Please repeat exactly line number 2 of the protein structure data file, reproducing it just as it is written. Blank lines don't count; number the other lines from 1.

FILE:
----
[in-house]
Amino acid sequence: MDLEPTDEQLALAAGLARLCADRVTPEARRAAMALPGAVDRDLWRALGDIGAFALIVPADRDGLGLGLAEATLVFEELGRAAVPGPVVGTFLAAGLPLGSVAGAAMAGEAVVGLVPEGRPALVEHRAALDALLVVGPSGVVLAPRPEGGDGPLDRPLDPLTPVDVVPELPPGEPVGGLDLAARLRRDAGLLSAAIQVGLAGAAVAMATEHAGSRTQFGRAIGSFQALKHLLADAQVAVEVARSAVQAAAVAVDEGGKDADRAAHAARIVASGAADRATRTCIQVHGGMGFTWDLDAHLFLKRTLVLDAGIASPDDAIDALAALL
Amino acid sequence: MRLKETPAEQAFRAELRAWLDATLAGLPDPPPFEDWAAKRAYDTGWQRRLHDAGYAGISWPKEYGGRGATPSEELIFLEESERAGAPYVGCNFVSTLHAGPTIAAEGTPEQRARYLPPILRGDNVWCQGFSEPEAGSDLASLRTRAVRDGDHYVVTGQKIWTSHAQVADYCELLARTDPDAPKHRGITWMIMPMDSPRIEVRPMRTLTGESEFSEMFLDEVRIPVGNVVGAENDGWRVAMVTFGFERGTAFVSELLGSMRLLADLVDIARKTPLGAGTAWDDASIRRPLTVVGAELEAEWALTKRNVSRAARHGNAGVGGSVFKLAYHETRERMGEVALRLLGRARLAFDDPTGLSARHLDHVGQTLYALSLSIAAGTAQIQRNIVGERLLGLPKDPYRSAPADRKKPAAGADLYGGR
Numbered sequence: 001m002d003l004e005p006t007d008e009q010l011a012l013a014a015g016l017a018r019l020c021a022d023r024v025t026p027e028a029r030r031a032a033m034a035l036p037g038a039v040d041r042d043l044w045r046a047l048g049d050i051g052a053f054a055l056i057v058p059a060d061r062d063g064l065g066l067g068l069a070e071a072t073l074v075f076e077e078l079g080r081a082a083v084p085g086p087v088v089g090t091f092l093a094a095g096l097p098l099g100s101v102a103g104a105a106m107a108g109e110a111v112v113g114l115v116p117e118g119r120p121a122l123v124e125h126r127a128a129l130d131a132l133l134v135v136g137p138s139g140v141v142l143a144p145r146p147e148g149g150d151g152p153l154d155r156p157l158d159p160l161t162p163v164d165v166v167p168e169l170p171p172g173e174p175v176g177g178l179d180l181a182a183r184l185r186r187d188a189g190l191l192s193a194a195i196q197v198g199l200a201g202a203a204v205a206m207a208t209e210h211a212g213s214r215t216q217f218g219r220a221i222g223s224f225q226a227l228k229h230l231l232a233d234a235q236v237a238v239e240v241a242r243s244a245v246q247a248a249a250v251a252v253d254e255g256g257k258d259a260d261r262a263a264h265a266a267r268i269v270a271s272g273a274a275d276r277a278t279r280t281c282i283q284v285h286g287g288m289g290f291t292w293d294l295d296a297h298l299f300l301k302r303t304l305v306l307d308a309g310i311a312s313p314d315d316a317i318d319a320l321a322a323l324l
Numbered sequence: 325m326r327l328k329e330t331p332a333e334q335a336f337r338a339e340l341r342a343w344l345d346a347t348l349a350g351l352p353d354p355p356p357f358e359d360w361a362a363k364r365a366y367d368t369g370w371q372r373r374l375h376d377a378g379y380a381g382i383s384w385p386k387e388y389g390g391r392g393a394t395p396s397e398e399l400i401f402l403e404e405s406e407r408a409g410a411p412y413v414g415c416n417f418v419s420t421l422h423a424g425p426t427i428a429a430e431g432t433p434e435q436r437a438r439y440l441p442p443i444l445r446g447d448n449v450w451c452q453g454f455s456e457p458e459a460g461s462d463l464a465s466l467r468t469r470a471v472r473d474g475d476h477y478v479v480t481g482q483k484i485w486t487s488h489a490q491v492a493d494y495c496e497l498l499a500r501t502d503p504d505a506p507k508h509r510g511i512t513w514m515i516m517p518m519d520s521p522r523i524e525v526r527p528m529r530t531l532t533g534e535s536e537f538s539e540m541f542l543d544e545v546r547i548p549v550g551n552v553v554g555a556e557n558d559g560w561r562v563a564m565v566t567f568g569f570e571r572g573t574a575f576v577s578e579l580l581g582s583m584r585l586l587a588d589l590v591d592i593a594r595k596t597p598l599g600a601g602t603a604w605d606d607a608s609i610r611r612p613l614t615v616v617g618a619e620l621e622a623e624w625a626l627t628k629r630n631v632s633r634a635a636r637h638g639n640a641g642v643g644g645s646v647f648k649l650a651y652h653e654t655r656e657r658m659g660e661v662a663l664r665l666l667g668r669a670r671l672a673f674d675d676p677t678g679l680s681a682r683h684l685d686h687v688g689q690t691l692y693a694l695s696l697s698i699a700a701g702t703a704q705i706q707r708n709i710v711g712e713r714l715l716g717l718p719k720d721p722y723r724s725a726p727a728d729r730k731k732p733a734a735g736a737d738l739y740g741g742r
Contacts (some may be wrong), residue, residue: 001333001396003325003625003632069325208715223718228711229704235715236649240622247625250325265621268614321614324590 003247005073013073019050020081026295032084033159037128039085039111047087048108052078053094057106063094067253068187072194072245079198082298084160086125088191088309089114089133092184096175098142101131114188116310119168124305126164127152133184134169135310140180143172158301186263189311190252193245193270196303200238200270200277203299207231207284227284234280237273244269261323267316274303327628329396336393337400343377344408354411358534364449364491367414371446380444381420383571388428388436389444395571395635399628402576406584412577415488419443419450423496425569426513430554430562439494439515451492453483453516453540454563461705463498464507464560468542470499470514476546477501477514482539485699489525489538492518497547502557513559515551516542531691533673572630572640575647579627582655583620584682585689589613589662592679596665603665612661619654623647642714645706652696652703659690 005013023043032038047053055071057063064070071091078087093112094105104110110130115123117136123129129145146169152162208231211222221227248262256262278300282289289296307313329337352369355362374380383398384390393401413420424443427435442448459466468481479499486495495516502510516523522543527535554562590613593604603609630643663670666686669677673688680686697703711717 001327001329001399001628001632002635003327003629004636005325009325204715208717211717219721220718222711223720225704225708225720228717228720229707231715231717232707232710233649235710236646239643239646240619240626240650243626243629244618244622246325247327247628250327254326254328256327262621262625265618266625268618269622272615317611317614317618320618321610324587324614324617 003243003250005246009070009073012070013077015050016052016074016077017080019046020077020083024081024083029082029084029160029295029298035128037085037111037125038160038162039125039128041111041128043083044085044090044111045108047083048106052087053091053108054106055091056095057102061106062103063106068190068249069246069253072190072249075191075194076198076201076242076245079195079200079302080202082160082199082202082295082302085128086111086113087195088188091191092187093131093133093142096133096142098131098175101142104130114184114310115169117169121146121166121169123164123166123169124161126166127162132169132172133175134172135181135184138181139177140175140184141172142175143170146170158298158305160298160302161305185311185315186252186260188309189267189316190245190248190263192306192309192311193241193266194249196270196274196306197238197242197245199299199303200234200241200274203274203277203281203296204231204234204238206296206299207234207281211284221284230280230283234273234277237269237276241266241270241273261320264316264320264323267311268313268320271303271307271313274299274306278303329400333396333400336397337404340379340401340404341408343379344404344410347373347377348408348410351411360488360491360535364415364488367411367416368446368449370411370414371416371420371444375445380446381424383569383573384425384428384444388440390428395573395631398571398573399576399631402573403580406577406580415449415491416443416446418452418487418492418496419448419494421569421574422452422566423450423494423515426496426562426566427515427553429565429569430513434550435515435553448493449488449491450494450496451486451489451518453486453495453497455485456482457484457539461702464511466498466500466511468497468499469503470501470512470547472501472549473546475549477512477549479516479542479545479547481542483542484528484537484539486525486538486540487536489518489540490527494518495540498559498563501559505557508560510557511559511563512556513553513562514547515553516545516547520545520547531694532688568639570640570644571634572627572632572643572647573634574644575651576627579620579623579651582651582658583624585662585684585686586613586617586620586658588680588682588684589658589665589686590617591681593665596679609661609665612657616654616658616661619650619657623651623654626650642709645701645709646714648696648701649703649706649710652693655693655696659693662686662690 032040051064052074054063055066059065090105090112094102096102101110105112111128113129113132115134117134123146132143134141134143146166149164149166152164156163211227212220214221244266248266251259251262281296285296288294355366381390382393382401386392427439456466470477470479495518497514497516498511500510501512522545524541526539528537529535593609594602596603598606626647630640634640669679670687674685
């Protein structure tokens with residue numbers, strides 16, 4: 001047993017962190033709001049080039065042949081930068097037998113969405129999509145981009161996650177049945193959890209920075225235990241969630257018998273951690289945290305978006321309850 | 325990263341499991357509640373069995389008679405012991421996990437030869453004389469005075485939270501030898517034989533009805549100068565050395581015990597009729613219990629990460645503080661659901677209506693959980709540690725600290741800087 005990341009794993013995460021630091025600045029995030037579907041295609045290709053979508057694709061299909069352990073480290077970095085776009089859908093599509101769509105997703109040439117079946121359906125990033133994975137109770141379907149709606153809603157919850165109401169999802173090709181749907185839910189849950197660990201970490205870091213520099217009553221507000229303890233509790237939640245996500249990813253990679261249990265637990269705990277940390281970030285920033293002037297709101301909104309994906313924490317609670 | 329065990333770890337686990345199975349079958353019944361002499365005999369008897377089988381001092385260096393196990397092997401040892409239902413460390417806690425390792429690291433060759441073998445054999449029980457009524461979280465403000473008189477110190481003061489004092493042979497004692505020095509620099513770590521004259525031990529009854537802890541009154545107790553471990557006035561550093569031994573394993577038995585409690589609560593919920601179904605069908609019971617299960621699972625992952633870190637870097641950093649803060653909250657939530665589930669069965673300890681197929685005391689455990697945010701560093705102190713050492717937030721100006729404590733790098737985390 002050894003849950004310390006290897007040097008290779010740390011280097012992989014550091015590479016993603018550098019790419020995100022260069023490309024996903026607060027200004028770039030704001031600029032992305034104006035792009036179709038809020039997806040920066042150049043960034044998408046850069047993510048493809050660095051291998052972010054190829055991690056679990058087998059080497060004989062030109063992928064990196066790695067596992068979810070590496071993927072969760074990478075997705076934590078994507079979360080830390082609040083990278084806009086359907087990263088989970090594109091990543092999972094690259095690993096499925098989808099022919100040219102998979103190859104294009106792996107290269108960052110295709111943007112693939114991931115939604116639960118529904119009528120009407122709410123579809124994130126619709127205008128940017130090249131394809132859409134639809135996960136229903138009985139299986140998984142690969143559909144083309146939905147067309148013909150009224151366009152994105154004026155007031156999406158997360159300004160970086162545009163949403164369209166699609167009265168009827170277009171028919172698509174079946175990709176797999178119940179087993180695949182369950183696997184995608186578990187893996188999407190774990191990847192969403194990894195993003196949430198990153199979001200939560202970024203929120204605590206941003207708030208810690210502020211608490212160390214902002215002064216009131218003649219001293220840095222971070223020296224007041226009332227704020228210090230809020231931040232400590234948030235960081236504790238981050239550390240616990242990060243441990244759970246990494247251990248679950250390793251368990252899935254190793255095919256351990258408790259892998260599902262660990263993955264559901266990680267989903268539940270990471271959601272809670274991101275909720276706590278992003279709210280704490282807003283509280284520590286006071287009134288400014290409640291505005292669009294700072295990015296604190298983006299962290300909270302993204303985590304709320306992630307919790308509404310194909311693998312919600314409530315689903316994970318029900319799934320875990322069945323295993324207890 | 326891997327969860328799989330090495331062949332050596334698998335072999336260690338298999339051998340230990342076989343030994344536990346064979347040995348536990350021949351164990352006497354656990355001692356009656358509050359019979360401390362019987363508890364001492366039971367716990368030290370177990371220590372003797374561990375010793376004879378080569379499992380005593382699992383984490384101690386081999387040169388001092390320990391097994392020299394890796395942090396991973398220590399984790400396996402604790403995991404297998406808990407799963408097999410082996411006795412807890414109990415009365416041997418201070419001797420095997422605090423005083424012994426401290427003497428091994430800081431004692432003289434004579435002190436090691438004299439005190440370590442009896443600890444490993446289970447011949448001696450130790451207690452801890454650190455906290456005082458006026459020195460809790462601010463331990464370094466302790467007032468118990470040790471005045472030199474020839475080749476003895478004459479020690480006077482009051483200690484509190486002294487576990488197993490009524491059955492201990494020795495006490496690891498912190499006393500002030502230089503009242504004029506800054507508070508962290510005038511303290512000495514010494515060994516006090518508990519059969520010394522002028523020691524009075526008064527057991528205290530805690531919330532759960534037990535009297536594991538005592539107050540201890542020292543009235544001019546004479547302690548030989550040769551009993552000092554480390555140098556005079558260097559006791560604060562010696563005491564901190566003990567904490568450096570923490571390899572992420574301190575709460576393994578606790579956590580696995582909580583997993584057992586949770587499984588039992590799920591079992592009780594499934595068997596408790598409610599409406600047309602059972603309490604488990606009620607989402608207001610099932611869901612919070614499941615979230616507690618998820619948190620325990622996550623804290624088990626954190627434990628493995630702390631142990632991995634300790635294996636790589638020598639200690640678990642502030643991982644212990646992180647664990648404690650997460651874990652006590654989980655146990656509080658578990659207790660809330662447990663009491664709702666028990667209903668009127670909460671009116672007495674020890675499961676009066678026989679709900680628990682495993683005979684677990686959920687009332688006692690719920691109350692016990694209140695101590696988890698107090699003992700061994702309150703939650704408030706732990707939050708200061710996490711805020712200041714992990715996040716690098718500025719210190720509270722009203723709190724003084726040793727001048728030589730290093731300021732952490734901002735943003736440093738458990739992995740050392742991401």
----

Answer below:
Amino acid sequence: MDLEPTDEQLALAAGLARLCADRVTPEARRAAMALPGAVDRDLWRALGDIGAFALIVPADRDGLGLGLAEATLVFEELGRAAVPGPVVGTFLAAGLPLGSVAGAAMAGEAVVGLVPEGRPALVEHRAALDALLVVGPSGVVLAPRPEGGDGPLDRPLDPLTPVDVVPELPPGEPVGGLDLAARLRRDAGLLSAAIQVGLAGAAVAMATEHAGSRTQFGRAIGSFQALKHLLADAQVAVEVARSAVQAAAVAVDEGGKDADRAAHAARIVASGAADRATRTCIQVHGGMGFTWDLDAHLFLKRTLVLDAGIASPDDAIDALAALL